0.0044813976566155725	0.006494616802269353
-0.018428741728553195	-0.013352721762541375
-0.035064239440853656	-0.027770553086432857
-0.04218591581428813	-0.033955812608976274
Out[11]:
46

Voila, we achieve the same cost in just 46 iterations.

Nesterov Accelerated Gradient

One small variant to momentum optimization, proposed by Yurii Nesterov in 1983, is almost always faster than vanilla momentum optimization. The Nesterov Accelerated Gradient (NAG) method, also known as Nesterov momentum optimization, measures the gradient of the cost function not at the local position θ but slightly ahead in the direction of the momentum, at θ + βm .

Function: $$ m = \beta m - \alpha \frac{\partial J(\theta+\beta m)}{\partial \theta}$$

$$ \theta = \theta + m $$

Nesterov

For linear regression:

$$ \frac{\partial J}{\partial a} = \frac{1}{n}\sum_{i=0}^{n}x(\hat{y}_i-y_i)$$$$ \frac{\partial J}{\partial b} = \frac{1}{n}\sum_{i=0}^{n}(\hat{y}_i-y_i)$$

Here: $$\hat{y}=(a+m_a)x+(b+m_b)$$

In [12]:
def nesterov(a, b, ma, mb, x, y):
    n = 5
    alpha = 1e-1
    beta = 0.9
    # to make it nesterov
    # only modify here
    y_hat = model(a+ma,b+mb,x)
    da = (1.0/n) * ((y_hat-y)*x).sum()
    db = (1.0/n) * ((y_hat-y).sum())
    ma = beta*ma - alpha*da
    mb = beta*mb - alpha*db
    a = a + ma
    b = b + mb
    return a, b, ma, mb
In [13]:
def iterate_nesterov(x, y, target_cost):
    a=0
    b=0
    ma=0
    mb=0
    for i in range(1000):
        a, b, ma, mb = nesterov(a,b, ma, mb, x,y)
        print(ma, mb)
        cost = cost_function(a, b, x, y)
        if cost<target_cost:
            break
    return i
In [14]:
iterate_nesterov(x, y, target_cost=sgd_cost)
0.22441501579999998 0.19453800000000002
0.3220564154452913 0.2793379239428112
0.3123373193267518 0.2712021012049902
0.23316116137430112 0.2029331301200368
0.12597323633919164 0.11039828486837797
0.02495663925447264 0.02318026316585743
-0.04849493913806344 -0.0402057492598321
-0.08649709799457425 -0.07293501030570788
-0.09201745463834532 -0.07757373717860767
-0.0745806082761438 -0.062362386777225415
-0.04587718632305795 -0.03741593563963194
-0.016328775542062378 -0.011751334705692
0.006910985026297077 0.008442254305498949
0.020532049949227454 0.020301604537172682
0.024559560846665853 0.02384948551560824
0.02123968741689477 0.021030536818391725
0.013779790759404111 0.014621078911301263
0.005283948295620864 0.0073079790564409405
-0.001933819282152938 0.0010943603685497844
-0.006624599047500719 -0.0029384067739360196
-0.008540833610722172 -0.004575531028581929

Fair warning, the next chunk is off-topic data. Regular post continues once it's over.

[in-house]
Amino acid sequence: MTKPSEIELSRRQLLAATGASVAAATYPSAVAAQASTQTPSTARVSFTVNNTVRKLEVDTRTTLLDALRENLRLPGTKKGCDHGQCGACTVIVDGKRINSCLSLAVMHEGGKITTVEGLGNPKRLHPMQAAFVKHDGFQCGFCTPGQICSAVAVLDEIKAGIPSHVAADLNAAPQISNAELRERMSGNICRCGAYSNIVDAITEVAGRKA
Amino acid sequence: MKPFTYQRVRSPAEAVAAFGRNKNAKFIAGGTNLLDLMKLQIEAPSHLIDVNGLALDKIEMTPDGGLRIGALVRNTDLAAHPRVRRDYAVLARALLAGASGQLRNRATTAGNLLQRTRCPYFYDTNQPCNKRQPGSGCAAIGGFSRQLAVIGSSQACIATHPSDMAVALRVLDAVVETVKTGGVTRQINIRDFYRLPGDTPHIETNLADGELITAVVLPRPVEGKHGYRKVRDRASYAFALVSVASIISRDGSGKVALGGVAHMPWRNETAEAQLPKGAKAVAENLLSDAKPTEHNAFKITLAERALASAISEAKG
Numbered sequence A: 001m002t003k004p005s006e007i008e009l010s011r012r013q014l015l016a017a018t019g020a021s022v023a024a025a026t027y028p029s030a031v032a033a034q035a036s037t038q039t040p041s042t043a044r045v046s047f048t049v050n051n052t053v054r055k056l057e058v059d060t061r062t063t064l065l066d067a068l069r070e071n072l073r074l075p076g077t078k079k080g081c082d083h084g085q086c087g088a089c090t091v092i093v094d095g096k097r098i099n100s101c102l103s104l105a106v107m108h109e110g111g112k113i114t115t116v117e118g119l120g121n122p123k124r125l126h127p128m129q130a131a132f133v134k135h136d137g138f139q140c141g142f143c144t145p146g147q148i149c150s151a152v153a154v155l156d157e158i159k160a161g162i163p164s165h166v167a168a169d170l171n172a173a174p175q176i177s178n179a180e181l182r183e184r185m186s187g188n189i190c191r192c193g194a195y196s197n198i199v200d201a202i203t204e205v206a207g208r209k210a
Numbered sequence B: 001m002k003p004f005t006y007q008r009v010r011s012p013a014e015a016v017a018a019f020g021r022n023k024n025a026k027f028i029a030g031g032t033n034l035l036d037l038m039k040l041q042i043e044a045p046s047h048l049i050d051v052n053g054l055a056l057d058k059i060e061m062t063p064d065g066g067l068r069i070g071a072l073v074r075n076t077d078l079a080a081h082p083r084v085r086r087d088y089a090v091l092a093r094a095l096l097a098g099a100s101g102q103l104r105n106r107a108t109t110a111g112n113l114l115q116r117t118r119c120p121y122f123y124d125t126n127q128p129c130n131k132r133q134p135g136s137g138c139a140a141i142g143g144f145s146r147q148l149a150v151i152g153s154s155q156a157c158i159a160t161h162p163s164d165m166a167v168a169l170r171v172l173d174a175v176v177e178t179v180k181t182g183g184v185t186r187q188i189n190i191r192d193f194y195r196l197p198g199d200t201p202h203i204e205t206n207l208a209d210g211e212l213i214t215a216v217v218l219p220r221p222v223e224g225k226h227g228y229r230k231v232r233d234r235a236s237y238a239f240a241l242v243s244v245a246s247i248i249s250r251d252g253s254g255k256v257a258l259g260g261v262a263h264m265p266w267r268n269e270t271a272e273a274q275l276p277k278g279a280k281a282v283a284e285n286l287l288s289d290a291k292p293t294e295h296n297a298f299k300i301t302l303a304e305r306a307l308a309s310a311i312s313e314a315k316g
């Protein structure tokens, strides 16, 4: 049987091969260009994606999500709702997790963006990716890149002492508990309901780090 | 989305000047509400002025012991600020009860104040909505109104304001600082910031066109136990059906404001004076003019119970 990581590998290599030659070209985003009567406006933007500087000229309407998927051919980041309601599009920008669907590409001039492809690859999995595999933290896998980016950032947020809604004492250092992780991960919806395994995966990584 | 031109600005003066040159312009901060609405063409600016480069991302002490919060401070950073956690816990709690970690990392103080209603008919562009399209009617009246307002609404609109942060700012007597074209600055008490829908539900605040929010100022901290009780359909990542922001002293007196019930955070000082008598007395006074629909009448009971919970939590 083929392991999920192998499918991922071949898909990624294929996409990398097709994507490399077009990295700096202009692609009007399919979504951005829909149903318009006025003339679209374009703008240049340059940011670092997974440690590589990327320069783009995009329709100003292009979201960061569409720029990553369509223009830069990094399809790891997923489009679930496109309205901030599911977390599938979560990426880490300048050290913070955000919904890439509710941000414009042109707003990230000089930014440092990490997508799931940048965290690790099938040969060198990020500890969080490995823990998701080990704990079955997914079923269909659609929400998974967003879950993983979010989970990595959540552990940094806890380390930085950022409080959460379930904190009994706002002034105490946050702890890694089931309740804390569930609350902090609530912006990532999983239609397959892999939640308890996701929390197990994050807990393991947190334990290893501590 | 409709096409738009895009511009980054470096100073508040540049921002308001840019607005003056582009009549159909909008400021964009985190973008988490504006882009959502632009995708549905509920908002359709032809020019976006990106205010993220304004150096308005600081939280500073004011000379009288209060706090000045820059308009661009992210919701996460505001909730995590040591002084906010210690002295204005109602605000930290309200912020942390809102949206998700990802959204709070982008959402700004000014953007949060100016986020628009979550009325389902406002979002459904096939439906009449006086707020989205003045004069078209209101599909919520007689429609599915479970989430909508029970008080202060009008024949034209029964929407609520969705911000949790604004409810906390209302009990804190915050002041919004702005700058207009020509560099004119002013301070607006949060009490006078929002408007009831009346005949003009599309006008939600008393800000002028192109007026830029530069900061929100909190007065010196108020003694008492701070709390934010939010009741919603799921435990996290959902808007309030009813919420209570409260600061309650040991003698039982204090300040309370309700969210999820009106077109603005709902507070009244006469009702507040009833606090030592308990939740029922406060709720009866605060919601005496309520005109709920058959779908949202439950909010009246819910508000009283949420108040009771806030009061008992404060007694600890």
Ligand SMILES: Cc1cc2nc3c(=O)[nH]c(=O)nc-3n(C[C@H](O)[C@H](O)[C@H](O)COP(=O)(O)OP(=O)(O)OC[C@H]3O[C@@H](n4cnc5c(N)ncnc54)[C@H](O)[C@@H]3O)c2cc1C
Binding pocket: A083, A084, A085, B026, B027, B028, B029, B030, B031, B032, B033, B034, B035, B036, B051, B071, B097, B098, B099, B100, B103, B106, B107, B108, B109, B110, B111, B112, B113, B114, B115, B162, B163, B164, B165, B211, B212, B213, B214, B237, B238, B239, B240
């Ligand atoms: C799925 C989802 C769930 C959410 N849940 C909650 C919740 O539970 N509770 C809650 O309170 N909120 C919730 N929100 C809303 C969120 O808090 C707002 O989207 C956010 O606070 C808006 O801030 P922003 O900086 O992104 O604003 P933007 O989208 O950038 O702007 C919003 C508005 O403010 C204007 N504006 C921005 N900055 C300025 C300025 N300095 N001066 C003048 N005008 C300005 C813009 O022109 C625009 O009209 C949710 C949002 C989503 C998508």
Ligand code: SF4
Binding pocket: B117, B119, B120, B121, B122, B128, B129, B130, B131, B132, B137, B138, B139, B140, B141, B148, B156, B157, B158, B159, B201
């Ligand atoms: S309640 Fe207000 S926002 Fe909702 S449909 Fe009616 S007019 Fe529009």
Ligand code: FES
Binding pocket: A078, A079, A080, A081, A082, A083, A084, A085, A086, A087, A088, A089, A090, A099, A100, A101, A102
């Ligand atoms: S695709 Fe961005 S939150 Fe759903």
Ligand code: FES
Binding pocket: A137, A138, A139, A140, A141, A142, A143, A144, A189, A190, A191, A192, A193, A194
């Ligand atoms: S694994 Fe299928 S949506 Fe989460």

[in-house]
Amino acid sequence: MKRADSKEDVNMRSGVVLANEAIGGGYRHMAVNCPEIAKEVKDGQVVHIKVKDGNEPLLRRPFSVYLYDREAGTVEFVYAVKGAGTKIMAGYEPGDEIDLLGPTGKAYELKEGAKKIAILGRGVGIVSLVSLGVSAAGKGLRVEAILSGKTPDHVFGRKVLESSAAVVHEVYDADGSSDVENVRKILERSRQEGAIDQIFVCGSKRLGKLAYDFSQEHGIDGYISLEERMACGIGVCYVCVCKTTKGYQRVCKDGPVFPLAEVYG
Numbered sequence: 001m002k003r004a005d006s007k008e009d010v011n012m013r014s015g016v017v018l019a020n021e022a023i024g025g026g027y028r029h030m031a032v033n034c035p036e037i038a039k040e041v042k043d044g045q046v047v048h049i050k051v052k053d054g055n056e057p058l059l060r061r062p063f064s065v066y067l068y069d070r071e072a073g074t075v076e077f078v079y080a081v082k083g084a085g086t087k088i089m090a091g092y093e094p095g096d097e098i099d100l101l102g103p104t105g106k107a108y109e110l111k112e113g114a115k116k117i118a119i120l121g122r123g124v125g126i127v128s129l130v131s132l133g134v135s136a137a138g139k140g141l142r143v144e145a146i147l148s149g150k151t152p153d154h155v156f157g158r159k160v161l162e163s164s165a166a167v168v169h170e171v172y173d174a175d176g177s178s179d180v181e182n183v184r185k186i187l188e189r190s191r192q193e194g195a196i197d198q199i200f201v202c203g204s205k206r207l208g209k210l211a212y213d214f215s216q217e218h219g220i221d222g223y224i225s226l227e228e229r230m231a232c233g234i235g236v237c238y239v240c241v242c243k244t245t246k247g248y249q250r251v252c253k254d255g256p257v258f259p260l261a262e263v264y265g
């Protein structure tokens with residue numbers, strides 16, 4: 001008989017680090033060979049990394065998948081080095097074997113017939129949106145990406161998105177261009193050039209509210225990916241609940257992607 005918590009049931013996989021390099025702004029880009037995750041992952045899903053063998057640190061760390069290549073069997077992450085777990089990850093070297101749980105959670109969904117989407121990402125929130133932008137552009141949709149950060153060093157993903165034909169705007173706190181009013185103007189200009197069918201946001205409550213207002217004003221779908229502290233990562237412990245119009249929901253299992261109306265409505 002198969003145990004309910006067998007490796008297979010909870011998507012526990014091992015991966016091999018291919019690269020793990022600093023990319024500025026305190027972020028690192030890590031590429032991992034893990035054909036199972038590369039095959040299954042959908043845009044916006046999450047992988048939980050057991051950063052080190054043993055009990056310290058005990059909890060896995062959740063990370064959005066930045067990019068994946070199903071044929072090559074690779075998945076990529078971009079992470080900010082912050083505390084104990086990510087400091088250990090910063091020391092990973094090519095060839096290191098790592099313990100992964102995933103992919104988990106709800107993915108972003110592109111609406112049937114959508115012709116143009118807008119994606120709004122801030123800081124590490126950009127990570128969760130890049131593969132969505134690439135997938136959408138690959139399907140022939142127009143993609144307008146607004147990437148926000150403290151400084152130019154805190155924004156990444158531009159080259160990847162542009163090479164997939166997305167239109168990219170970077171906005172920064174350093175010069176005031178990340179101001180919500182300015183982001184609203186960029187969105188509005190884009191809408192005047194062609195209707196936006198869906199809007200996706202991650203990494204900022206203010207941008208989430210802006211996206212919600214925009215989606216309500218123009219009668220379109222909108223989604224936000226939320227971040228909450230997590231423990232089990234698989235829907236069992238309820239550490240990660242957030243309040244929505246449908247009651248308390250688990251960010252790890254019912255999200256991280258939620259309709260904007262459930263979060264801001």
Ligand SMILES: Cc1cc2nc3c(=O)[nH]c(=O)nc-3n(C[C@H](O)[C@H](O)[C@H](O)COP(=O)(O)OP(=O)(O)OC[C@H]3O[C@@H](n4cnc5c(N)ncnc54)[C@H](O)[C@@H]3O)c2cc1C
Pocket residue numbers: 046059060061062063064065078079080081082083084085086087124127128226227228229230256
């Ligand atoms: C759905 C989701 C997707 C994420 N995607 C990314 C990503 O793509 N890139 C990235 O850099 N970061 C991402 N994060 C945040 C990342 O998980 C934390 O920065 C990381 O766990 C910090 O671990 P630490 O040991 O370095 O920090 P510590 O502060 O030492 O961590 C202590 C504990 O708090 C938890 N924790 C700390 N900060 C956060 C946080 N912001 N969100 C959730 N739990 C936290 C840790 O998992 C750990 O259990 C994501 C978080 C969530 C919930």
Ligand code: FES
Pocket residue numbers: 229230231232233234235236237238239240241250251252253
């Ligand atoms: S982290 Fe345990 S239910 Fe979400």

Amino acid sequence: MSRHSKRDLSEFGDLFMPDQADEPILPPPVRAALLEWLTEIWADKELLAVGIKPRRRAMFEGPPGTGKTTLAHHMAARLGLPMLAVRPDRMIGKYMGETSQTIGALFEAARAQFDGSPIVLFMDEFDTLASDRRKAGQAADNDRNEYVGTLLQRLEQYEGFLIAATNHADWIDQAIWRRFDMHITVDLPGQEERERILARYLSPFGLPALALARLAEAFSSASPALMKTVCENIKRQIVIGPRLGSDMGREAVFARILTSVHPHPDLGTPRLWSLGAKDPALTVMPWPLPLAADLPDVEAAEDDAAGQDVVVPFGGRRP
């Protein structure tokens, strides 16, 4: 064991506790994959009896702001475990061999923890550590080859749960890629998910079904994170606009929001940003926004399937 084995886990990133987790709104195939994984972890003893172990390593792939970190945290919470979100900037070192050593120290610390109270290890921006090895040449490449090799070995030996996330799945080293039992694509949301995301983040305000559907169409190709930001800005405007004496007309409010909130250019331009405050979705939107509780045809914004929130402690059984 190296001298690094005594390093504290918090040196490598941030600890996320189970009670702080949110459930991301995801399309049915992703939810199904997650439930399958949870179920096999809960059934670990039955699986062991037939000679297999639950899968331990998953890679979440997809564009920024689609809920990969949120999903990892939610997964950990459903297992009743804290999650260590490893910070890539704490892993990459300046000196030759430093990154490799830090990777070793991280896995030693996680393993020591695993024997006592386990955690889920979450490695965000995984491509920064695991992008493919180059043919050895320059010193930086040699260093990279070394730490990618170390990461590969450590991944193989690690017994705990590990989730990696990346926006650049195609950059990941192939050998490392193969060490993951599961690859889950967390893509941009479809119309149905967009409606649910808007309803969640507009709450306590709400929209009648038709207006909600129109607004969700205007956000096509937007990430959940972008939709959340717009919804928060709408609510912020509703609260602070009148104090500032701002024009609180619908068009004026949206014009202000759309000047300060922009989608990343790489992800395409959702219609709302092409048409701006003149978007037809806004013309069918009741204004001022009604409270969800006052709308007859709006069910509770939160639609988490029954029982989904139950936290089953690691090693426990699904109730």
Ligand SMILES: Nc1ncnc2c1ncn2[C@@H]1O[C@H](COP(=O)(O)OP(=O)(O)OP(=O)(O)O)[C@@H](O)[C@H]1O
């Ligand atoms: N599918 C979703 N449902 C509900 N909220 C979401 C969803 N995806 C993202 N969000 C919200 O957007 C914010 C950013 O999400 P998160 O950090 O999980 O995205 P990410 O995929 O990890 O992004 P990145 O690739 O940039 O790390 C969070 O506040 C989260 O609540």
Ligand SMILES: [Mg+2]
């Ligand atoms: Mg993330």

-0.008161152003470043 -0.004230677649705485
Out[14]:
21

Well, it took 21 iterations.

AdaGrad

Consider the elongated bowl problem again: Gradient Descent starts by quickly going down the steepest slope, which does not point straight toward the global optimum, then it very slowly goes down to the bottom of the valley. It would be nice if the algorithm could correct its direction earlier to point a bit more toward the global optimum. The AdaGrad algorithm achieves this correction by scaling down the gradient vector along the steepest dimensions.

$$\epsilon=1e-10$$$$ s = s + \frac{\partial J}{\partial \theta} \odot \frac{\partial J}{\partial \theta} $$$$ \theta = \theta - \alpha \frac{\partial J}{\partial \theta} \oslash \sqrt{s+\epsilon} $$

AdaGrad

In [59]:
def ada_grad(a,b,sa, sb, x,y):
    epsilon=1e-10
    n = 5
    alpha = 1e-1
    y_hat = model(a,b,x)
    da = (1.0/n) * ((y_hat-y)*x).sum()
    db = (1.0/n) * ((y_hat-y).sum())
    sa=sa+da*da + epsilon
    sb=sb+db*db + epsilon
    a = a - alpha*da / np.sqrt(sa)
    b = b - alpha*db / np.sqrt(sb)
    return a, b, sa, sb
In [62]:
def iterate_ada_grad(x, y, target_cost):
    a=0
    b=0
    sa=0
    sb=0
    for i in range(1000):
        a, b, sa, sb = ada_grad(a,b, sa, sb, x,y)
        print(f"{sa}\t{sb}")
        cost = cost_function(a, b, x, y)
        if cost<target_cost:
            break
    return i
In [63]:
iterate_ada_grad(x, y, target_cost=sgd_cost)
5.036209931751423 3.7845033445000005
9.022051275308753 6.780559696352509
12.37760305876143 9.303433839935428
15.277271622803307 11.48402050624463
17.82104257560732 13.397362865404352
20.075029302440374 15.093083234334934
22.086658442962953 16.606779524600782
23.891795301524446 17.965372780402355
25.518582625798217 19.189988154097705
26.989713284113275 20.297660542873828
28.323871617739783 21.30241632396213
29.536696895192907 22.215996430588216
30.641454625769647 23.048360177403552
31.64952032868011 23.808048334075067
32.570737998208436 24.502452158091806
33.41369201864302 25.138017471314626
34.1859175911238 25.72040258936349
34.89406641053884 26.254602665813465
35.5440390853296 26.745049076615274
36.14109238402617 27.195689911681644
36.68992711613361 27.610055932293786
37.19476089865728 27.991315184952946
37.65938897276373 28.342318646661948
38.08723546173832 28.665638696230218
38.48139690171807 28.96360178615045
38.84467946537304 29.238316380907396
39.179630992211976 29.491696997550104
39.4885687078732 29.725485010754486
39.773603338143715 29.94126675204925
40.036660187143156 30.140489330578298
40.27949764286802 30.324474523037136
40.50372348972214 30.494431017700293
40.71080934136093 30.651465247698887
40.90210345416155 30.79659100891801
41.078842138921175 30.930738025829122
41.24215995373791 31.054759602568705
41.393098832737515 31.169439475341107
41.53261628206476 31.275497964778044
41.66159275534983 31.373597512470813